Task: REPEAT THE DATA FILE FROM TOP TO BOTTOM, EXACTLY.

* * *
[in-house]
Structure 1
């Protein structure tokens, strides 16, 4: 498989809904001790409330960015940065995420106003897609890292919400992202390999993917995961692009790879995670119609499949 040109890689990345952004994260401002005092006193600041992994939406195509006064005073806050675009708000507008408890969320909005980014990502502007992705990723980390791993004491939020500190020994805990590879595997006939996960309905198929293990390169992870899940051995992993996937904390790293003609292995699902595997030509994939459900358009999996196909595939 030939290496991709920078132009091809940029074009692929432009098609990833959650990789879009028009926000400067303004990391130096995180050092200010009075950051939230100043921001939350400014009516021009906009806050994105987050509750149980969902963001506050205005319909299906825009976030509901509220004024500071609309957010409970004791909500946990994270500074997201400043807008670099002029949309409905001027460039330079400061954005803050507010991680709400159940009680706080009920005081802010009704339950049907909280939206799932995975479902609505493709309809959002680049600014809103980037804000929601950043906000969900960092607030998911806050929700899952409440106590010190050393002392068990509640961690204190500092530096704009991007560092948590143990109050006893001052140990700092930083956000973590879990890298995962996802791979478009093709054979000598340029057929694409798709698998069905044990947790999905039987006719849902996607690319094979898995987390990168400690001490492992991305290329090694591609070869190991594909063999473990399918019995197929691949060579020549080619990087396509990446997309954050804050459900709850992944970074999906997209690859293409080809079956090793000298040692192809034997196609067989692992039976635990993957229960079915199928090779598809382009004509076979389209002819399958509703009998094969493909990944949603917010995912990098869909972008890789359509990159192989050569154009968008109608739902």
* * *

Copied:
[in-house]
Structure 1
């Protein structure tokens, strides 16, 4: 498989809904001790409330960015940065995420106003897609890292919400992202390999993917995961692009790879995670119609499949 040109890689990345952004994260401002005092006193600041992994939406195509006064005073806050675009708000507008408890969320909005980014990502502007992705990723980390791993004491939020500190020994805990590879595997006939996960309905198929293990390169992870899940051995992993996937904390790293003609292995699902595997030509994939459900358009999996196909595939 030939290496991709920078132009091809940029074009692929432009098609990833959650990789879009028009926000400067303004990391130096995180050092200010009075950051939230100043921001939350400014009516021009906009806050994105987050509750149980969902963001506050205005319909299906825009976030509901509220004024500071609309957010409970004791909500946990994270500074997201400043807008670099002029949309409905001027460039330079400061954005803050507010991680709400159940009680706080009920005081802010009704339950049907909280939206799932995975479902609505493709309809959002680049600014809103980037804000929601950043906000969900960092607030998911806050929700899952409440106590010190050393002392068990509640961690204190500092530096704009991007560092948590143990109050006893001052140990700092930083956000973590879990890298995962996802791979478009093709054979000598340029057929694409798709698998069905044990947790999905039987006719849902996607690319094979898995987390990168400690001490492992991305290329090694591609070869190991594909063999473990399918019995197929691949060579020549080619990087396509990446997309954050804050459900709850992944970074999906997209690859293409080809079956090793000298040692192809034997196609067989692992039976635990993957229960079915199928090779598809382009004509076979389209002819399958509703009998094969493909990944949603917010995912990098869909972008890789359509990159192989050569154009968008109608739902």